A lush diamond in the other-wordly rough
A volcanic outpost in the subtropical Atlantic midway between Brazil and Africa, Ascension Island is actually the tip of a volcano deep under the ocean, part of the Mid-Atlantic Ridge, the longest underwater mountain range in the world. As one of the United Kingdom Overseas Territory of St Helena, Ascension, and Tristan da Cunha, Ascension is 1,300 and 3,700 kilometers away (respectively) from its sister islands, making it as remote as they come. Discovered in 1501 by a Portuguese sailor, it was settled by the British in 1815 to deter attempts to rescue the exiled French emperor Napoleon Bonaparte on St. Helena. The island has only 800 residents at any given point, all employees of the island and their families. But being notoriously hard to get to makes this a special port of call on your Azamara journey.
The remnants of old forts and installations remind us of Ascension’s historic role as a strategic military outpost. Wideawake Airfield was used by U.S. forces in transit during World War II and is now home to a U.S. Space Force ground tracking station (which was also used by NASA). And the island’s dramatic lunar-like landscape of volcanic craters, cones, and ancient lava flows also served as a testing ground for Apollo moon buggies. Today you can play a round at what has been called the worst golf club in the world. You’ll find One Boat Golf Club on a lava field between Georgetown and Two Boats village, where you play nine holes on “browns” instead of greens, the fairways are rocky, and you drop your fees in a box on the clubhouse door.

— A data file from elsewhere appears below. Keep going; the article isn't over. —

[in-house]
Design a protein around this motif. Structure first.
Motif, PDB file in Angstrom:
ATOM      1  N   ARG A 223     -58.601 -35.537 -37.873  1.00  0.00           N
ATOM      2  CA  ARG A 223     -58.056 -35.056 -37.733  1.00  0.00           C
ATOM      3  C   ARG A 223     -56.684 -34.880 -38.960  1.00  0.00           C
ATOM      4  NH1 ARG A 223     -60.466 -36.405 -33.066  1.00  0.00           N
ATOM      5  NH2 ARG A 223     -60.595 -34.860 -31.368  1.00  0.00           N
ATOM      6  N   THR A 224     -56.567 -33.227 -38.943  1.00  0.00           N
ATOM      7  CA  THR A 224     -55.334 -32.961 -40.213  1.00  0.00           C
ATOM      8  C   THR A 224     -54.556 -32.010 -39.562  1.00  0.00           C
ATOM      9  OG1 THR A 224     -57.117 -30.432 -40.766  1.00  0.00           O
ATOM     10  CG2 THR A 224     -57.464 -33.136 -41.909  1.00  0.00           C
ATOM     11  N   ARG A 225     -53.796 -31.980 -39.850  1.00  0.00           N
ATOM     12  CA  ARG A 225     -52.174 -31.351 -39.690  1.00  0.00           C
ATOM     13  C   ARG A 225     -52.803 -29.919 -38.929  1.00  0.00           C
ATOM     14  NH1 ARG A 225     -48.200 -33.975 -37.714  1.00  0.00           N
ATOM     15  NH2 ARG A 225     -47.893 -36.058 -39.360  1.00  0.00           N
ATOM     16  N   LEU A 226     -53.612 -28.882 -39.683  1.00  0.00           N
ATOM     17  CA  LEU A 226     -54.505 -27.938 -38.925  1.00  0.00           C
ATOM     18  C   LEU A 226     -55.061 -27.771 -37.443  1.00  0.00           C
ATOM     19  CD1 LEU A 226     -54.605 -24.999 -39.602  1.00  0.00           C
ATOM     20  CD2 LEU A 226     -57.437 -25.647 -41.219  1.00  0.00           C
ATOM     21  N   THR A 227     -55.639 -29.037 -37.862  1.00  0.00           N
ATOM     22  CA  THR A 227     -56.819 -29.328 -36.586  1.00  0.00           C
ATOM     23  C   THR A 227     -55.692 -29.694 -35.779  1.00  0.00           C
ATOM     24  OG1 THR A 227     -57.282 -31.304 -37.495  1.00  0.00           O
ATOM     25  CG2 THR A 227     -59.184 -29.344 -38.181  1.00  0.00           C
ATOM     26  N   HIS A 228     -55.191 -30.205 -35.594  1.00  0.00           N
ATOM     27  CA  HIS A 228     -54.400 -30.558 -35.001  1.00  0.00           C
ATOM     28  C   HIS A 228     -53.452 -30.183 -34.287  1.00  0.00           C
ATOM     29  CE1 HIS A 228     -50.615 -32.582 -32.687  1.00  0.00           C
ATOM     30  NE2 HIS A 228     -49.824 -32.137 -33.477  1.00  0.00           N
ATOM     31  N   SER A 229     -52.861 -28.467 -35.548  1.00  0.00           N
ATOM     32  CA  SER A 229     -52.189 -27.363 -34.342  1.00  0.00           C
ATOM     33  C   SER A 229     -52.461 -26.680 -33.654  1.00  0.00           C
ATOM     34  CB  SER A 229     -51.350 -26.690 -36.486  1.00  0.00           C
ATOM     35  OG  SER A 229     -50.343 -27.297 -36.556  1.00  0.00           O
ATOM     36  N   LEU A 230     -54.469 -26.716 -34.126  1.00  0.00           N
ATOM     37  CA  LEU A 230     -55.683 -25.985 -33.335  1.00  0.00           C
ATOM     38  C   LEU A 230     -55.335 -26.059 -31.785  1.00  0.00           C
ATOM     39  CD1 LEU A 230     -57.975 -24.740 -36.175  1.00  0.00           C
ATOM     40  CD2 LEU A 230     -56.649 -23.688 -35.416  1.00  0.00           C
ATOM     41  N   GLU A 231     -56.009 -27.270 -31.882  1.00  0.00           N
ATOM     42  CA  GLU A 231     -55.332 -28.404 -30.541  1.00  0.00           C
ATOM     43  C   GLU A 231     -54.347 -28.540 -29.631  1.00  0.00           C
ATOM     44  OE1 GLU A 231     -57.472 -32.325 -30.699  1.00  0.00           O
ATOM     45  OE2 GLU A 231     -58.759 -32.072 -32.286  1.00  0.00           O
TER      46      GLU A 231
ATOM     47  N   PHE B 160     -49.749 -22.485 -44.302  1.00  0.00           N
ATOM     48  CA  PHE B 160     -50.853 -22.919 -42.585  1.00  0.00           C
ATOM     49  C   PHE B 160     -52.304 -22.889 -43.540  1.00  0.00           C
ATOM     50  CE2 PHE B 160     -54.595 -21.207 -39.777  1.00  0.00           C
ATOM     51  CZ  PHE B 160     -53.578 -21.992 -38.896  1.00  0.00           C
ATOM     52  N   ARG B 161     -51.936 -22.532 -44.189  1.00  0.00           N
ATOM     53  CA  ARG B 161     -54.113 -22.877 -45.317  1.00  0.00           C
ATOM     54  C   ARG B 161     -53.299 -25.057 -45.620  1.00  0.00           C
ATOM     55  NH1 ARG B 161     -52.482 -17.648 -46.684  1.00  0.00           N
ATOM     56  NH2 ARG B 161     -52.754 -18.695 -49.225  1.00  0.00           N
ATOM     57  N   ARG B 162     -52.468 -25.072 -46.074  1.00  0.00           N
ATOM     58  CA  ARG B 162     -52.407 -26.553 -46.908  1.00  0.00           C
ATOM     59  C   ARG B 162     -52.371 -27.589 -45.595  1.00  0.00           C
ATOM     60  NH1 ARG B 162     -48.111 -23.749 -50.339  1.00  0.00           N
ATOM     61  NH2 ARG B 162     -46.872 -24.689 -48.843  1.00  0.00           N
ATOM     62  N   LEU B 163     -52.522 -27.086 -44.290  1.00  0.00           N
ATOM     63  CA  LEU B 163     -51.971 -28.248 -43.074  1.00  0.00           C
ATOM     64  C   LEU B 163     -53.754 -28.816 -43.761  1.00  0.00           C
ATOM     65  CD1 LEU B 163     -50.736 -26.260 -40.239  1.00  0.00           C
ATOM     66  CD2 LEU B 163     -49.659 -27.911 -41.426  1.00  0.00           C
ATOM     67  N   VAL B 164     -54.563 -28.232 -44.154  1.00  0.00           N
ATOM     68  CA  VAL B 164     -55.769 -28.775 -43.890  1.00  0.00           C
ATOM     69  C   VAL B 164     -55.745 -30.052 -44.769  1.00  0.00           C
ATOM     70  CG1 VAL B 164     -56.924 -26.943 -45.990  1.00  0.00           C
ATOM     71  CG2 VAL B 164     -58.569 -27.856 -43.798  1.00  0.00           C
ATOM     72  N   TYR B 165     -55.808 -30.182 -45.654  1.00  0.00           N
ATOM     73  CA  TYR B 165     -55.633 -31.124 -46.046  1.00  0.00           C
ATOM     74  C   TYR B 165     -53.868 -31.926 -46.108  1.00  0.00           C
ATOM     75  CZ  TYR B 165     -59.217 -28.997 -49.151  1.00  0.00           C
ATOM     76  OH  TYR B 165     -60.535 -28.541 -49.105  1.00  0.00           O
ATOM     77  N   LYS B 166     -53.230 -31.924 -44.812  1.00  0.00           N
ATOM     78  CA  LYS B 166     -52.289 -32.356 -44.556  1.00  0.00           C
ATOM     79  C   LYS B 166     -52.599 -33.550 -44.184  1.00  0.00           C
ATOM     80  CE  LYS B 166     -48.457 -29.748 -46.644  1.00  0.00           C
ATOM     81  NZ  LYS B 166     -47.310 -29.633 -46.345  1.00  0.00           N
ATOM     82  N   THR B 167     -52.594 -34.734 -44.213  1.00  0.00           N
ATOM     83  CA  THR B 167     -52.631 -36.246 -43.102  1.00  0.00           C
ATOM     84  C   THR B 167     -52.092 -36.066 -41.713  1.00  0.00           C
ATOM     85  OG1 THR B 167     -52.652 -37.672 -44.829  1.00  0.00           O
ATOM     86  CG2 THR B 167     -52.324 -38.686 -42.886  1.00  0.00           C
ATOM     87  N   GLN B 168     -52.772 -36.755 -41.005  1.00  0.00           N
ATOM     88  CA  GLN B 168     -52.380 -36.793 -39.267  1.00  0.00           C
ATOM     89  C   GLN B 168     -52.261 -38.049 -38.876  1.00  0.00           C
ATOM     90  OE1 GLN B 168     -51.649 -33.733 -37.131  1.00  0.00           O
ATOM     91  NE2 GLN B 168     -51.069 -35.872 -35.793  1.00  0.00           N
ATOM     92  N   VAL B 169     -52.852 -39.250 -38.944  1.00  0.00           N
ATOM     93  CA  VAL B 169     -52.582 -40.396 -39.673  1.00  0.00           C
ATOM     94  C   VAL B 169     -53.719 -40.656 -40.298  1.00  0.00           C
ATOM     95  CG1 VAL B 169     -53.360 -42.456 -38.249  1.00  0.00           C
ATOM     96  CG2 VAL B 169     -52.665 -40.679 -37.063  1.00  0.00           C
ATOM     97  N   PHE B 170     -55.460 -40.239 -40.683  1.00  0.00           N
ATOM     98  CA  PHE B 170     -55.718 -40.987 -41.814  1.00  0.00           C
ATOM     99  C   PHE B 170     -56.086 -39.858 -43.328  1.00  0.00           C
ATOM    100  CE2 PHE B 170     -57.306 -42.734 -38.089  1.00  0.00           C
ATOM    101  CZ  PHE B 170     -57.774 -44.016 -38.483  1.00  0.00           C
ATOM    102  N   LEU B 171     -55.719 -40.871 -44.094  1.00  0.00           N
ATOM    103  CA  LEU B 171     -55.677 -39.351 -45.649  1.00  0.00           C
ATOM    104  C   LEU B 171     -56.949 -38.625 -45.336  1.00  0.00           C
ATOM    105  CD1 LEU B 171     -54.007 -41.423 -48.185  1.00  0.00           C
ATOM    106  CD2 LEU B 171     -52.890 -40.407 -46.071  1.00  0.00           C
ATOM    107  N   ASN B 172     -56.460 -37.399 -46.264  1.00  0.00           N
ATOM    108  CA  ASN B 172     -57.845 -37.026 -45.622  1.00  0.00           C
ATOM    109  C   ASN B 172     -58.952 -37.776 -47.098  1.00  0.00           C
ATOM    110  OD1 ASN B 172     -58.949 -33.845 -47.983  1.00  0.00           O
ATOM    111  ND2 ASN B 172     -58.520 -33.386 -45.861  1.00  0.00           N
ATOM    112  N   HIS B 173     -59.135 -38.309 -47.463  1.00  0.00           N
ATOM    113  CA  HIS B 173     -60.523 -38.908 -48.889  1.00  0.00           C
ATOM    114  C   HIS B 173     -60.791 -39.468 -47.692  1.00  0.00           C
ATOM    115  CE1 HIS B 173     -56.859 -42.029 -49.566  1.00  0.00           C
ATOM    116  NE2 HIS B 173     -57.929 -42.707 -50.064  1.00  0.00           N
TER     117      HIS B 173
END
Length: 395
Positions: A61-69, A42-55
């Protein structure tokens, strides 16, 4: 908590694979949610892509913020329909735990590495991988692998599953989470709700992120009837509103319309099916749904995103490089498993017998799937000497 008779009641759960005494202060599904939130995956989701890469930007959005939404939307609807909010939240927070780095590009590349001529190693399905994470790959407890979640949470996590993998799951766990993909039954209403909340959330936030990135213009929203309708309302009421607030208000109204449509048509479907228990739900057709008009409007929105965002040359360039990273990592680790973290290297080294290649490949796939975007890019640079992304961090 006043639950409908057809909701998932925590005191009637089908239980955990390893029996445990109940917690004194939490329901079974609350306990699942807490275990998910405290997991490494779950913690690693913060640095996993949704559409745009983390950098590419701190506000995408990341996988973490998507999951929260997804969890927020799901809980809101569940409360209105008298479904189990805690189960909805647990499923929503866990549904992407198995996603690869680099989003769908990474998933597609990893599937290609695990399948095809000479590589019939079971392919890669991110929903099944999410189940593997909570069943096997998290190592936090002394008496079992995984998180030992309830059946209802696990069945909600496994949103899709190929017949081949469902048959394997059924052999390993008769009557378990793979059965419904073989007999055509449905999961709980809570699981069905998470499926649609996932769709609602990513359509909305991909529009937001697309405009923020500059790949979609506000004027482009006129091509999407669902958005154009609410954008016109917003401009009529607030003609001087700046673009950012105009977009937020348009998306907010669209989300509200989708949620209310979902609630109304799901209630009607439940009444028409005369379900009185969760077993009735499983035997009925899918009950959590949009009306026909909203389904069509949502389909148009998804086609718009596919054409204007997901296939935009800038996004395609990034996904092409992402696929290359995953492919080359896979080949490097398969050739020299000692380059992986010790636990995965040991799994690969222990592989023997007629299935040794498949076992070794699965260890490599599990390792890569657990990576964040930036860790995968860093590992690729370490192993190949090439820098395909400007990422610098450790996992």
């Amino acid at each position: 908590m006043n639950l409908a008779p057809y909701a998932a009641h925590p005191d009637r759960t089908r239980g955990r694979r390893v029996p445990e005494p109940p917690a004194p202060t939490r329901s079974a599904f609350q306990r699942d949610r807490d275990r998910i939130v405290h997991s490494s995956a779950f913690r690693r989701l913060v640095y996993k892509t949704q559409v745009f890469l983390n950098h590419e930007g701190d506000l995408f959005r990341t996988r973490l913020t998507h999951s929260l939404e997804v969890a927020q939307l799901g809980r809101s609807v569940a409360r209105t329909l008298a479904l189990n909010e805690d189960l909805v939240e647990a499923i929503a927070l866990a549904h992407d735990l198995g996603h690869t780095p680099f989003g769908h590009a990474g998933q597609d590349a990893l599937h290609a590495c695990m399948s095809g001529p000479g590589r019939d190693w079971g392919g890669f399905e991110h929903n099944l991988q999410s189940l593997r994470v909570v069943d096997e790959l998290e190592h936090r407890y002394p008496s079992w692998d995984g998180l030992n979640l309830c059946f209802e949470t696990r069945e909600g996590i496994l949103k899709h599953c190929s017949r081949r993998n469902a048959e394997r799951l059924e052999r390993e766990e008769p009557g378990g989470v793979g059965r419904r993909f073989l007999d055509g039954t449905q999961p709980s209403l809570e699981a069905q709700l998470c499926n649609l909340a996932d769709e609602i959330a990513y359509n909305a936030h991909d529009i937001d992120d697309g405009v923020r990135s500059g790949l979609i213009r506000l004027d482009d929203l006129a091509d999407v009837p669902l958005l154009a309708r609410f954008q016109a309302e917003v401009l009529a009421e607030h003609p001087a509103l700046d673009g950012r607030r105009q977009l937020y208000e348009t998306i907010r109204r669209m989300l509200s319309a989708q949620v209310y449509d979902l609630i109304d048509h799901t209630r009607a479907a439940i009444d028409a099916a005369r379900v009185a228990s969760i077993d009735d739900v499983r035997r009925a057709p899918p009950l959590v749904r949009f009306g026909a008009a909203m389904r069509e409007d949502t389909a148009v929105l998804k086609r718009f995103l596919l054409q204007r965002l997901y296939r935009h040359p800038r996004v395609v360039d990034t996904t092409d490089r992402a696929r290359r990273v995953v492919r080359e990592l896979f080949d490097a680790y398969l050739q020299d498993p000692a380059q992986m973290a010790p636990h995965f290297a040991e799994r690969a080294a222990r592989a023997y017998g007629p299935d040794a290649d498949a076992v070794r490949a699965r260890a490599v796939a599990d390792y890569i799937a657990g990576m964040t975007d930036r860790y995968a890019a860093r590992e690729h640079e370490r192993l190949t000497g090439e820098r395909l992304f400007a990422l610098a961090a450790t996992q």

But the heart of this island is the ocean that surrounds it, now a planned Marine Protected Area (MPA). This haven of biodiversity covers 445,000 square kilometers of pristine, abundant, and shockingly untouched ocean and is home to some of the largest most important fish species found anywhere on earth including yellowfin tuna, albacore tuna, swordfish, and marlin. It’s also an important breeding ground for the endangered green turtle. During nesting season, watch for the trademark flipper trails of the thousands of turtles who make their way here from Brazil to lay their eggs.
There is little in the way of shops and restaurants, but this is a place that is best explored outside. Stunning deserted white sandy beaches, impressive volcanic rock formations including lava flows, fumaroles, and caves. Where the sea is crystal clear and warm and the ordinary world feels very, very far away. Peaceful, tranquil, and most definitely unusual. Remote, yes, but also hopeful. It might almost feel like a land that’s been forgotten, but on your journey, it never will be.